By Katie Bacon


Several universities, including Oxford (!), require the Law National Aptitude/Admissions Test (LNAT) as part of their application process. Preparing for the LNAT can feel quite daunting so hopefully this mini-guide will help!


The first thing to say about preparing is start early! The longer you give yourself to adjust to the style of questions the better position you’ll be in, both in terms of ability and confidence. The more time you have to practice the more opportunities you have to learn and progress before you sit the test. The other thing to do as early as you can is register, this means that you’ll have more choice over when you sit the test - make sure to check the Oxford deadline! Having a set date will give you a goal to work towards which will help guide, structure and motivate your preparation.


The test is split into two sections - (A) the reading and multiple choice section and (B) the essay section. Warning! - do not be deceived by the words multiple choice, the questions are difficult! Although the sections are different, there are two main ways you can prepare which work well for both.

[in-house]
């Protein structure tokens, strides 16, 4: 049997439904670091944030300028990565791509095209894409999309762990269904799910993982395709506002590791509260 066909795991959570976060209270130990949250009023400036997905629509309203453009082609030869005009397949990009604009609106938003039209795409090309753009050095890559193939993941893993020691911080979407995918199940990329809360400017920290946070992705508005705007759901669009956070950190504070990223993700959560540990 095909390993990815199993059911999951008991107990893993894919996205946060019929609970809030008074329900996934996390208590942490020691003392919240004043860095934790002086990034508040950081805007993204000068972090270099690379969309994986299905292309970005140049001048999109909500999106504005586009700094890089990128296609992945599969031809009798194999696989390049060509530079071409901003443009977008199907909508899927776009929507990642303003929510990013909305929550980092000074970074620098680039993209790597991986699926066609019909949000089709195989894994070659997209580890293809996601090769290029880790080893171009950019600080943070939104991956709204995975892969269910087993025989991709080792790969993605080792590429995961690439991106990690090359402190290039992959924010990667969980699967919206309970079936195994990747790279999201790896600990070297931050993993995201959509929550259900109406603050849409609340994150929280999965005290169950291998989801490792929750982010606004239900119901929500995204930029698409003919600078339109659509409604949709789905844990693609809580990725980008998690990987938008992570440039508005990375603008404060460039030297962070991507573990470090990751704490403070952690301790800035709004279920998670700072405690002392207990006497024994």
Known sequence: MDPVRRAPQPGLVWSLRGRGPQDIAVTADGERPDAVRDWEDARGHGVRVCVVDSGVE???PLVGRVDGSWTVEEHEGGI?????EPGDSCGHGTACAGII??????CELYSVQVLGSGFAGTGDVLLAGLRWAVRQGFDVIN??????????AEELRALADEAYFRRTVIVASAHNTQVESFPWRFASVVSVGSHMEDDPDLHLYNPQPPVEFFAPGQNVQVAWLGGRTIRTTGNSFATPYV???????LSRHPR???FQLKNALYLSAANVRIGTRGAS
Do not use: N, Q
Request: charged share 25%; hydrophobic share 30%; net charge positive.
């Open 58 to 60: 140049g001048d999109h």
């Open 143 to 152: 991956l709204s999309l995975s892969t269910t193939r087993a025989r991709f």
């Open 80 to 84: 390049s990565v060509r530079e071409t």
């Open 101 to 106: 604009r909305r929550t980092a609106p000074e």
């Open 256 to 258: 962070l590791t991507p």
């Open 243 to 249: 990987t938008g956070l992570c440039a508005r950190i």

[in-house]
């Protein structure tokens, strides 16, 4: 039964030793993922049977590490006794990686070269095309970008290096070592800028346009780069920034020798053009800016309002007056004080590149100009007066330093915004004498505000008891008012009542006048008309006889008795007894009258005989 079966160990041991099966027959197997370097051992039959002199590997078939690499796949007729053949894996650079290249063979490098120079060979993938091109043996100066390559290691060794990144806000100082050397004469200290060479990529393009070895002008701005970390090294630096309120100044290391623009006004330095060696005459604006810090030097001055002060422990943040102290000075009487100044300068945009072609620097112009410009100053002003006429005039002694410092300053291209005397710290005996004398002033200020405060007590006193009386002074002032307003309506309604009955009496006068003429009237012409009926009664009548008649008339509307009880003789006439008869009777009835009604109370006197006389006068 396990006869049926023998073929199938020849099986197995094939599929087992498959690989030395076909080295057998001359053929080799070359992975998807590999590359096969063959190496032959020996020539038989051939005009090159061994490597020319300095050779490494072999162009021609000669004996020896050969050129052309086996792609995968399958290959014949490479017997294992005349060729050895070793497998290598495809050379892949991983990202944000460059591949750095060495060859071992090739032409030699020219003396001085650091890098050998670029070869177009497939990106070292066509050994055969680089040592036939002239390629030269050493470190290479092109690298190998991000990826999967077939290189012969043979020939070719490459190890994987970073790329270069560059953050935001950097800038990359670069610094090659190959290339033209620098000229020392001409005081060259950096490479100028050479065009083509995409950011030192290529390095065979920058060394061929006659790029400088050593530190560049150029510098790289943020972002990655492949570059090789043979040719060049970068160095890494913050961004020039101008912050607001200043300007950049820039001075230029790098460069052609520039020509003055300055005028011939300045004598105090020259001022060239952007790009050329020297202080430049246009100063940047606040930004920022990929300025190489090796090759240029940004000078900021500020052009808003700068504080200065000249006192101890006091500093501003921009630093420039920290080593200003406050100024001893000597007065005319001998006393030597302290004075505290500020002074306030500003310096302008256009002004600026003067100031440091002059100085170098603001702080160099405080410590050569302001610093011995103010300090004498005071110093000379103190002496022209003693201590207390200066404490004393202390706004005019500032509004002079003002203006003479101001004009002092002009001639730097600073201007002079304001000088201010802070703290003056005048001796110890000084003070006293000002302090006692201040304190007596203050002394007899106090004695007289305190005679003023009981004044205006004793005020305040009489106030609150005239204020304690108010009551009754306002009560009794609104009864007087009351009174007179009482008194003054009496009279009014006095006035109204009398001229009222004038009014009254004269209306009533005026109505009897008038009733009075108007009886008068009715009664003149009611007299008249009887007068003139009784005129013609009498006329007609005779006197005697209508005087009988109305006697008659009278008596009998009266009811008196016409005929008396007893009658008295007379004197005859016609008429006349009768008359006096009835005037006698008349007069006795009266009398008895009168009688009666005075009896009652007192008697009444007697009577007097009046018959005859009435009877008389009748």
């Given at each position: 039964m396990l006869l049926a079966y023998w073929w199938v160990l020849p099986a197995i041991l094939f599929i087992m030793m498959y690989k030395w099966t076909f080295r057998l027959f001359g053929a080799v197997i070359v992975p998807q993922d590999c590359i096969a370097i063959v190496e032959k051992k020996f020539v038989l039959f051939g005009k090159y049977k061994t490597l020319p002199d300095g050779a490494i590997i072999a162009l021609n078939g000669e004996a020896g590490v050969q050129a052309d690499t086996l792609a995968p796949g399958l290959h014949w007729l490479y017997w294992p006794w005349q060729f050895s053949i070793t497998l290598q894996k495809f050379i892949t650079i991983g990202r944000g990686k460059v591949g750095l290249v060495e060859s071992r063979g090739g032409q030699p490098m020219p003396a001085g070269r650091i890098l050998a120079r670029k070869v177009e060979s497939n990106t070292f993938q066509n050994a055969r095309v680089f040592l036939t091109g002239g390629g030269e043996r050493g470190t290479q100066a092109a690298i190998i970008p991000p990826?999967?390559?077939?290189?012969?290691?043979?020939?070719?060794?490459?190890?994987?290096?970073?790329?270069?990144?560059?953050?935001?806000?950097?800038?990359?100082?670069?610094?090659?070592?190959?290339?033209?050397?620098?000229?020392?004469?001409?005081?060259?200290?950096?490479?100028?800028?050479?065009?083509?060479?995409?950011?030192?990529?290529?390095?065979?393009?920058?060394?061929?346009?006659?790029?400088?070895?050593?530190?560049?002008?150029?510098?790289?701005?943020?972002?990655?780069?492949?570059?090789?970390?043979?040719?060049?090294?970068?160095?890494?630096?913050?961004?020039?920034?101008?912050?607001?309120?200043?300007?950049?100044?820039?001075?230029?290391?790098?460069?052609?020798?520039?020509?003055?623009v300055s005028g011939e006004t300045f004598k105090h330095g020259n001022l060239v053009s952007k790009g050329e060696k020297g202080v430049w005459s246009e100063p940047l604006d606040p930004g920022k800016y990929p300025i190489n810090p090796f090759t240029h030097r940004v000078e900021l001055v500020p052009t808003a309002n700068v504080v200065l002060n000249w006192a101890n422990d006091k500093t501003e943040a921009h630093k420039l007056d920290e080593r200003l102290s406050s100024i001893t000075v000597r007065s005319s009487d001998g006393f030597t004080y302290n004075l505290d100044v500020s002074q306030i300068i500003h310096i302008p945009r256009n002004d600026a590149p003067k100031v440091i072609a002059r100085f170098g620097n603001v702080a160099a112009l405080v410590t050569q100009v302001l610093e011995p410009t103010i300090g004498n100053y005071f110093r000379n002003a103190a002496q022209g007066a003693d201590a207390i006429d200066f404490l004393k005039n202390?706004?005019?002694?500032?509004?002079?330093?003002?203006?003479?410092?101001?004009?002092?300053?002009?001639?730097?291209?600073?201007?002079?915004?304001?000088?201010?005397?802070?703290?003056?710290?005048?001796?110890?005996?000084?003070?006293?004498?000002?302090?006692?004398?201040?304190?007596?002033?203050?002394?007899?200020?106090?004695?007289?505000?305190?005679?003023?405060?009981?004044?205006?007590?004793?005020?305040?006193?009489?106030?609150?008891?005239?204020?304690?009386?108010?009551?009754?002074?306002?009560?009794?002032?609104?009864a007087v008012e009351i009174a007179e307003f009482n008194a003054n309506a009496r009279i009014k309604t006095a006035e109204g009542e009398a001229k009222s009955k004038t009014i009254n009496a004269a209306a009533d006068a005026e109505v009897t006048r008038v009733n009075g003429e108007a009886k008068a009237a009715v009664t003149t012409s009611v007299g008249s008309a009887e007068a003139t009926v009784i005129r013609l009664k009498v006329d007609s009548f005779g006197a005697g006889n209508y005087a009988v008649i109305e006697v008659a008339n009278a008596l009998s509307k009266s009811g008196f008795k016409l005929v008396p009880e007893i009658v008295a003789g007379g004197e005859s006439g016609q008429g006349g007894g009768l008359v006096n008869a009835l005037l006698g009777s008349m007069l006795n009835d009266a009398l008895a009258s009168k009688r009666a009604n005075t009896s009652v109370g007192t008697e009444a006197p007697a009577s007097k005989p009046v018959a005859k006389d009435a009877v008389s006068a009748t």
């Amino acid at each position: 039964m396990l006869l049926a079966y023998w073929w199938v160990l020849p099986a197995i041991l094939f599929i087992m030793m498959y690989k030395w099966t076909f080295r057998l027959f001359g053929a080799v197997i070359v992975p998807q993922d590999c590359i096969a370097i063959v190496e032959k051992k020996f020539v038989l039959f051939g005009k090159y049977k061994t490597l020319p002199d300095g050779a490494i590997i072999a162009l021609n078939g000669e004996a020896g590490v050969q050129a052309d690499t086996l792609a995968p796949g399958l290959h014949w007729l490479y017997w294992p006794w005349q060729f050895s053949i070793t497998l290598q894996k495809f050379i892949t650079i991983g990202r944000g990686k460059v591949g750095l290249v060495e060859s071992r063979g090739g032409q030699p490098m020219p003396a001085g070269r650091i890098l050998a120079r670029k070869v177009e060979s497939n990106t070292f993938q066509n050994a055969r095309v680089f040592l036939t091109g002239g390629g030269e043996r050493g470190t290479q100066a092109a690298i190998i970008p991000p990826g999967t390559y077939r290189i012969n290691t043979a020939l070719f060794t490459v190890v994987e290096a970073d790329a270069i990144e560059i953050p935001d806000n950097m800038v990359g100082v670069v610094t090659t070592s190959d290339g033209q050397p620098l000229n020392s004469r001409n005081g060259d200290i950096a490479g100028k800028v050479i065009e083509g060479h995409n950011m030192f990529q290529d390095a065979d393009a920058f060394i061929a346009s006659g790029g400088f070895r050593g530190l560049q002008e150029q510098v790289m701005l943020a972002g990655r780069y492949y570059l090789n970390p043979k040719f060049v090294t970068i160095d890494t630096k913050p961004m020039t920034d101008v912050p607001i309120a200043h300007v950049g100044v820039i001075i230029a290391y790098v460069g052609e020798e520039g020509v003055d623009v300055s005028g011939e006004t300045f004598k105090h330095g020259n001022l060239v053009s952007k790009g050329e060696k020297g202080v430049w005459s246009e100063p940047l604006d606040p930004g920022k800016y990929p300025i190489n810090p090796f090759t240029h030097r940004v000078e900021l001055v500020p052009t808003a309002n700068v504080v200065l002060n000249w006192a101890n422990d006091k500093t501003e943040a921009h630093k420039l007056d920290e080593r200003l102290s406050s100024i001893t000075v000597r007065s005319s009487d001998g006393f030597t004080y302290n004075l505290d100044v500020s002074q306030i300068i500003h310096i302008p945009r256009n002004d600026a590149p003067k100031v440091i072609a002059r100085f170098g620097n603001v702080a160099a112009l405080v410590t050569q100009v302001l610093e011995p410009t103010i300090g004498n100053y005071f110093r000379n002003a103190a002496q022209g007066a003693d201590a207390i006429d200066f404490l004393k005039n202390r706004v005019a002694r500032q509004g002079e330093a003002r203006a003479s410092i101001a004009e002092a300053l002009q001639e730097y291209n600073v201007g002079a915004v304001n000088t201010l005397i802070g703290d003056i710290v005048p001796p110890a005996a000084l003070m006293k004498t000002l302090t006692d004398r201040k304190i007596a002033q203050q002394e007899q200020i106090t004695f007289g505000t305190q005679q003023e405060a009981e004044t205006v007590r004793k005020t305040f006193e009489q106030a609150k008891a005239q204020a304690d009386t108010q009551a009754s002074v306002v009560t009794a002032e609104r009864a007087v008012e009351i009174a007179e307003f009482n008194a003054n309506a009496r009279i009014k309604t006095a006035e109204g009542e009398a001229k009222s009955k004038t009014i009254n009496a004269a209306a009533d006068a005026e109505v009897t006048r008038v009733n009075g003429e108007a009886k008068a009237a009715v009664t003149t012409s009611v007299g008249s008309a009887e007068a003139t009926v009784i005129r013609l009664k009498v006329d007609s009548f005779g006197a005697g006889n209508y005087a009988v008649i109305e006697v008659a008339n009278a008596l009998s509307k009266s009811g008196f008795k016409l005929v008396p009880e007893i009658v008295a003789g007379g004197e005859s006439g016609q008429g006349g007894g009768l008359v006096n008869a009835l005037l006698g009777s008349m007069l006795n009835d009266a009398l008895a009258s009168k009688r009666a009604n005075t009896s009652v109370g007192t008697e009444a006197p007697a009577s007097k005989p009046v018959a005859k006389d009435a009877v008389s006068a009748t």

1. Read the news ~ The passages you are given to read and the essay questions can be on anything (this will become very clear when you look at past papers!). By reading the news (actual articles not just headlines!) regularly you’ll become accustomed to reading about things you are not already familiar with and might not necessarily be your first area of interest. By doing this not only will the reading passages not phase you, you’ll have more ideas and context for the essay questions.


2. Keep doing practice papers ~ As hinted earlier, ultimately, the best way you can prepare is to do practice papers. This is the only way to know how you can perform and what you need to work on. The LNAT website has lots of past papers for you to use, there are mark schemes for section A so you can check yourself. It’s definitely worth asking a teacher you get on well with to have a look over your practice essays and give you some honest feedback.


A quick myth-buster for section A - there is no ideal or minimum score, really! Just do your best, if you prep well and in plenty of time you’ll be great! Good luck!

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